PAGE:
Key to the revamp, which introduces Honda's new design language with a new interior and boldly creased sheet metal, is a newly developed one-motor gasoline-electric drivetrain.
While the United States is not expected to get the hybrid version of the standard Fit five-door, hybrid versions of a Fit-based small crossover and sedan are planned for the United States. Those vehicles are expected to arrive as early as next year.
The new hybrid system, dubbed Sport Hybrid Intelligent-Dual Clutch Drive, greatly boosts fuel economy over the current integrated motor assist system. Honda has been using the outgoing integrated motor assist system for years in such cars as the Insight.
The new Fit is a Honda milestone for several reasons. It showcases Honda's attempt to rejuvenate its styling. And the car is the first product of a revamped global product development strategy that aims to better tailor vehicles to local markets and regional manufacturing abilities.
Finally, the hybrid version pumps up Honda's competiveness in the small hybrid segment. Cars such as the Insight and CR-Z hybrids have failed to gain traction in the United States, even while rival offerings such as Toyota's Prius C successfully carved out a niche. Sales of the Prius C subcompact climbed 27 percent to 20,575 units through June.
The U.S. version of the standard Fit and its crossover variant will be sourced from Honda's new assembly plant in Celaya, Mexico. That factory goes online in spring 2014. Honda expects the plant to produce 200,000 Fits and Fit crossovers for the North America annually.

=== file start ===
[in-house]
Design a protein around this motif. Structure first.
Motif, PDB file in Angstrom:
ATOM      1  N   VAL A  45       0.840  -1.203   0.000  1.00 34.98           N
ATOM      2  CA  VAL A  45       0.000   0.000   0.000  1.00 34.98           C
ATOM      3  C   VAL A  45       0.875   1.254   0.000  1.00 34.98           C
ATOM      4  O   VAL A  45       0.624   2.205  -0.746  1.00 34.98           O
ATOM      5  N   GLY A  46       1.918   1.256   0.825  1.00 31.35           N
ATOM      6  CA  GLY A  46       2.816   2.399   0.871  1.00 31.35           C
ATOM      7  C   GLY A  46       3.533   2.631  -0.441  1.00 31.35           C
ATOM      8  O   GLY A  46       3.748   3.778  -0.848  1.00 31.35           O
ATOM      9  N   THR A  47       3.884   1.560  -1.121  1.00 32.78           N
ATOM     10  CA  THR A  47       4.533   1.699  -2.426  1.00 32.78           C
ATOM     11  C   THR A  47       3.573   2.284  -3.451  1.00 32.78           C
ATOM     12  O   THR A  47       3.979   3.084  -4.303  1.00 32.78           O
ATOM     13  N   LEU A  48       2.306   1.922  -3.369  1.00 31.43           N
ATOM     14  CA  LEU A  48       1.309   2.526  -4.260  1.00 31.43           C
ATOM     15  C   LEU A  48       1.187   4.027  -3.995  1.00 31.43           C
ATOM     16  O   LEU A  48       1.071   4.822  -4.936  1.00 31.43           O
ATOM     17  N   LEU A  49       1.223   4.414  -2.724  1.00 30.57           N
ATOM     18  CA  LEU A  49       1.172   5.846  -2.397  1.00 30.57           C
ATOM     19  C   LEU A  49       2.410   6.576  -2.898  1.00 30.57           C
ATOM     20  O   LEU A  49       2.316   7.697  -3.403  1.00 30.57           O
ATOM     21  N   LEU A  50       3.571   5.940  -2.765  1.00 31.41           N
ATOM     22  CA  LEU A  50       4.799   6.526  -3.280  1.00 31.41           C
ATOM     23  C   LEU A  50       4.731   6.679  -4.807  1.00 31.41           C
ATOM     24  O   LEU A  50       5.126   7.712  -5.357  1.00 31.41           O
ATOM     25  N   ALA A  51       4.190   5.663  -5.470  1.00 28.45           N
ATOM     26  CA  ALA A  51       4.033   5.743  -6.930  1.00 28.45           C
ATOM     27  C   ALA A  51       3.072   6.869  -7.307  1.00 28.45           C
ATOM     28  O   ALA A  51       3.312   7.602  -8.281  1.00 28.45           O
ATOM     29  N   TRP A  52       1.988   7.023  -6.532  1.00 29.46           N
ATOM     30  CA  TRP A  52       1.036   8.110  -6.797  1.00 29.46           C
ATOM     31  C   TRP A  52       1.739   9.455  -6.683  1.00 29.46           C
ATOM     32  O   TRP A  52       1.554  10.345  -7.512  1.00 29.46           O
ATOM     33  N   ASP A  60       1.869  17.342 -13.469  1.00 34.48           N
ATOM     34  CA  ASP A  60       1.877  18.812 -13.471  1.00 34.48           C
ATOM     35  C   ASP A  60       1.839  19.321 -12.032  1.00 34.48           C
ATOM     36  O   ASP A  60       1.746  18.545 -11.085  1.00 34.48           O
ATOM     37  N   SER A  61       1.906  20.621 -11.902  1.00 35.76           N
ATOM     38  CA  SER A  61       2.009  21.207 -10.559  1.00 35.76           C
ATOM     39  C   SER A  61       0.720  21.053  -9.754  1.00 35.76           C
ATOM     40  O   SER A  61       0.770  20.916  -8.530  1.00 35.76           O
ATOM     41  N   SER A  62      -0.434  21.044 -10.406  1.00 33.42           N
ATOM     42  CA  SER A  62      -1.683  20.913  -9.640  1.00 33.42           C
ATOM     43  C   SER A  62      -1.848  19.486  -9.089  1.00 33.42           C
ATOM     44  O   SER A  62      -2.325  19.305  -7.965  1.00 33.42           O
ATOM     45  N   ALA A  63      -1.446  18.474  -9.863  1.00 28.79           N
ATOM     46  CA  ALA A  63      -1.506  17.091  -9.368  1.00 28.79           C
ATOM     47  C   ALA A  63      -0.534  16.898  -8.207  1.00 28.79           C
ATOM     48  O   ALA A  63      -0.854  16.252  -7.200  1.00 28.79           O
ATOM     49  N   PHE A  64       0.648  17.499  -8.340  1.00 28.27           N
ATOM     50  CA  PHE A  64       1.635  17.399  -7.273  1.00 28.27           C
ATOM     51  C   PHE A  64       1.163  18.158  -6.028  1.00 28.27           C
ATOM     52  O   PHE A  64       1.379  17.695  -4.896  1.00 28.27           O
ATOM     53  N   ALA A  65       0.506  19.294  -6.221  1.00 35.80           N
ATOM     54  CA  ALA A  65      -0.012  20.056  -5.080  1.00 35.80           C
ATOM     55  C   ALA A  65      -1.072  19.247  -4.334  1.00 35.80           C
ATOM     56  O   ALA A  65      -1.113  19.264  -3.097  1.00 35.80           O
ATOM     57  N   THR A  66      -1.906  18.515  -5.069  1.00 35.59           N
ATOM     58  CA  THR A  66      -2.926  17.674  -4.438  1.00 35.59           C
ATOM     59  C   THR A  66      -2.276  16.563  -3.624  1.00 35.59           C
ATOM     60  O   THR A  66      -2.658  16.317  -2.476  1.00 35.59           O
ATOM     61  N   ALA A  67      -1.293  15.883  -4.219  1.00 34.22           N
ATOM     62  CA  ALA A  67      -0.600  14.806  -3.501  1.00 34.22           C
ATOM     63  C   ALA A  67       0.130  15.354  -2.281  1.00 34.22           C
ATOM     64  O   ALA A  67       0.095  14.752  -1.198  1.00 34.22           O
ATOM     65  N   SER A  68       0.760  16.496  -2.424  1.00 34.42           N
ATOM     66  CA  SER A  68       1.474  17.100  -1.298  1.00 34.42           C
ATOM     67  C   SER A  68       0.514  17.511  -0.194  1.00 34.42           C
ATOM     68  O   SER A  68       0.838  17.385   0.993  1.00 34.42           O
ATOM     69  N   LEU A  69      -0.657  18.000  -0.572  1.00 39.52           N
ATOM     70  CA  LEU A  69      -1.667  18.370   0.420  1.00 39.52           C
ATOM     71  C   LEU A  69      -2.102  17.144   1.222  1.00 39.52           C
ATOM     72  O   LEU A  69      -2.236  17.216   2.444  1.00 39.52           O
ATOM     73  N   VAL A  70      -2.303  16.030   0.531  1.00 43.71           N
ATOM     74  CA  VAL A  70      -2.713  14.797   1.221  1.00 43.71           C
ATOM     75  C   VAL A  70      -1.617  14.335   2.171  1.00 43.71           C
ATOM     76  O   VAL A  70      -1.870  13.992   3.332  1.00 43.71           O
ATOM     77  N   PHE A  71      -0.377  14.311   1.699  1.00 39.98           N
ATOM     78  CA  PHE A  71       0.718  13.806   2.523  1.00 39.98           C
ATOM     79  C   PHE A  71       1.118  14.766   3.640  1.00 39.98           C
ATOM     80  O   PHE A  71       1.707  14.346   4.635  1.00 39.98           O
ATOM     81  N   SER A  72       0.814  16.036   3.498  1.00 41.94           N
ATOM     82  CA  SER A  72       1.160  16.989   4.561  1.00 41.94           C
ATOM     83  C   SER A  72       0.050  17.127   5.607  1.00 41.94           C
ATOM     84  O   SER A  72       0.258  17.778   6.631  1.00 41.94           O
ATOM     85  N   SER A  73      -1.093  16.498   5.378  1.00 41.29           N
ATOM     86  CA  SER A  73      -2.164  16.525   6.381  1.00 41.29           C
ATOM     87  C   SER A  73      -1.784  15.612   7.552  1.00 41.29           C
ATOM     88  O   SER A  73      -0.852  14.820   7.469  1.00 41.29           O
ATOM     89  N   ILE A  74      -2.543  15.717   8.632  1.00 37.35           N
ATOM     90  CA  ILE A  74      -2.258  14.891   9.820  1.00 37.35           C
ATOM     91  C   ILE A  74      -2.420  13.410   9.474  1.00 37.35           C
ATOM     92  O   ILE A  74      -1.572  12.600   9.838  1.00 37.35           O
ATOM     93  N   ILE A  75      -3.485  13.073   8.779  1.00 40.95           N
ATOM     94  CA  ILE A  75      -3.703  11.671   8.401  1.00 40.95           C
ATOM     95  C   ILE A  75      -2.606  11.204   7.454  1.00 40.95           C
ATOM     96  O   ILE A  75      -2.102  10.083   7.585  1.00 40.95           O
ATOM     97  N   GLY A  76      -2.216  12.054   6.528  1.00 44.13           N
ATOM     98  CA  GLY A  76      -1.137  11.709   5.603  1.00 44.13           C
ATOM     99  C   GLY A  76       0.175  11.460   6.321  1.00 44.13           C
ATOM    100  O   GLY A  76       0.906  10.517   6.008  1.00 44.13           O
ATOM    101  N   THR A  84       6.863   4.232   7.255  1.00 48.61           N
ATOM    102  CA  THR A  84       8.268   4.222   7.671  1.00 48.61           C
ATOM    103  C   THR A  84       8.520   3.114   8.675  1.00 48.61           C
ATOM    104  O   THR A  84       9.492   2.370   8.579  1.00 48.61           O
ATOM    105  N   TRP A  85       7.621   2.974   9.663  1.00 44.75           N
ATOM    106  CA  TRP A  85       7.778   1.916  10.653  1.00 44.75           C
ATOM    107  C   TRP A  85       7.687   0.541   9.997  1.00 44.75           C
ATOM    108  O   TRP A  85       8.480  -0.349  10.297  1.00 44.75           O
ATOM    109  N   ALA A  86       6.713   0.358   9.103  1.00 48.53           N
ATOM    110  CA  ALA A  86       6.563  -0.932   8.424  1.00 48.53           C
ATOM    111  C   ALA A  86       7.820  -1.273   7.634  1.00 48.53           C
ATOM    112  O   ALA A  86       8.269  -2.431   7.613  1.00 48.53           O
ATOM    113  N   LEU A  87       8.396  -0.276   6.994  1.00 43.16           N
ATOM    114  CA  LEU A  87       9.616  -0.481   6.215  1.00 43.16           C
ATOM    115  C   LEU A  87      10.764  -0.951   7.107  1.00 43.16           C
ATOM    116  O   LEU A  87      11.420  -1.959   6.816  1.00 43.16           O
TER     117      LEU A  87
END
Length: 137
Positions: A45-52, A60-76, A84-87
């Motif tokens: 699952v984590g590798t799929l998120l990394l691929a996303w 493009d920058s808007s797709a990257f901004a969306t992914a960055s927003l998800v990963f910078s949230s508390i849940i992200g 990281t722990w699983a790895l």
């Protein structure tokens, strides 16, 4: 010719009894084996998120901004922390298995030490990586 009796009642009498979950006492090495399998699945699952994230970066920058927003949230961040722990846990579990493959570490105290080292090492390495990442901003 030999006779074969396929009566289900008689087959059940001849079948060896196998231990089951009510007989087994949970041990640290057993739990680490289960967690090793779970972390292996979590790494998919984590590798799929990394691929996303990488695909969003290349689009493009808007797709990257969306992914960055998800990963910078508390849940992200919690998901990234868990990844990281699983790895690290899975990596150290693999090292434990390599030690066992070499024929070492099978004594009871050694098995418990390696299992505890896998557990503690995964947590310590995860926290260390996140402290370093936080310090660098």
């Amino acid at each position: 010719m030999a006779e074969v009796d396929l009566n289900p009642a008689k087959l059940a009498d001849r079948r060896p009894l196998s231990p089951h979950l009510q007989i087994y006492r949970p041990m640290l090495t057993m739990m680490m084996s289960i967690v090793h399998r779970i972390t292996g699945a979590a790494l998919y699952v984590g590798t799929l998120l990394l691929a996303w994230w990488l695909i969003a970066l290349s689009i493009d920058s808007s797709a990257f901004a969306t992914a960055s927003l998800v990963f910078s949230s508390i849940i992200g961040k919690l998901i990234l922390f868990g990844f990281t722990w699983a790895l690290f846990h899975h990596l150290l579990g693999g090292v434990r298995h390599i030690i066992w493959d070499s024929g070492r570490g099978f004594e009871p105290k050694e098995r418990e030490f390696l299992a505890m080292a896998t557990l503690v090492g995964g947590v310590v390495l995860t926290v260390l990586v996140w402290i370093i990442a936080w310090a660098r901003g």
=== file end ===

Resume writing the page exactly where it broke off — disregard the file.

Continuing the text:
Globally, the gasoline-powered Fit will be offered with a 1.3-liter port-injection or 1.5-liter direct-injection version of Honda's new Earth Dreams engine, combined with the company's new Earth Dreams continuously variable transmission. The United States is expected to get only the bigger powerplant. Both engines will be offered with a manual transmission in some markets.
The hybrid gets a 1.5-liter, Atkinson-cycle engine with a seven-speed dual clutch transmission. Electric power comes from a 22-kilowatt electric motor and lithium ion battery.
The gasoline-powered Fit sold just 25,541 units in the first six months of 2013, up 5 percent from the year before.
And Honda's U.S. hybrids tallied a paltry 9,011 units sold through June, down from 10,712 vehicles in the same period of 2012.
The new hybrid Fit hatchback achieves fuel economy of 36.4 kilometers per liter, or 86 mpg, under Japan's testing regime. That marks a 30 percent improvement over the hybrid version of the current Fit, which sells big in Japan but never made it to North America.
Those fuel economy figures don't translate directly into U.S. EPA ratings because the testing cycle differs in Japan.
But the Fit's Japanese rating edges the 35.4 kilometers per liter, or 83 mpg, rating for the Prius C here. The Prius C, known as the Aqua in Japan, was this country's second-best selling car for the first half of 2013, trailing only the standard Toyota Prius hatchback.
The new Fit has not yet received an EPA fuel economy rating. But fuel savings from Honda's new small-hybrid system are big enough to warrant its U.S. introduction, Jiro Yamaguchi, managing officer in charge of global vehicle development, said at a recent test drive event for the Fit five-door at Honda's Hokkaido proving ground in northern Japan.
"I was not that confident with the previous model, but this model would absolutely sell well in America," Yamaguchi said.
Launch timing has not been decided. But Yamaguchi said hybrid variants likely will be introduced around the time that the standard gasoline version goes on the market, by next summer.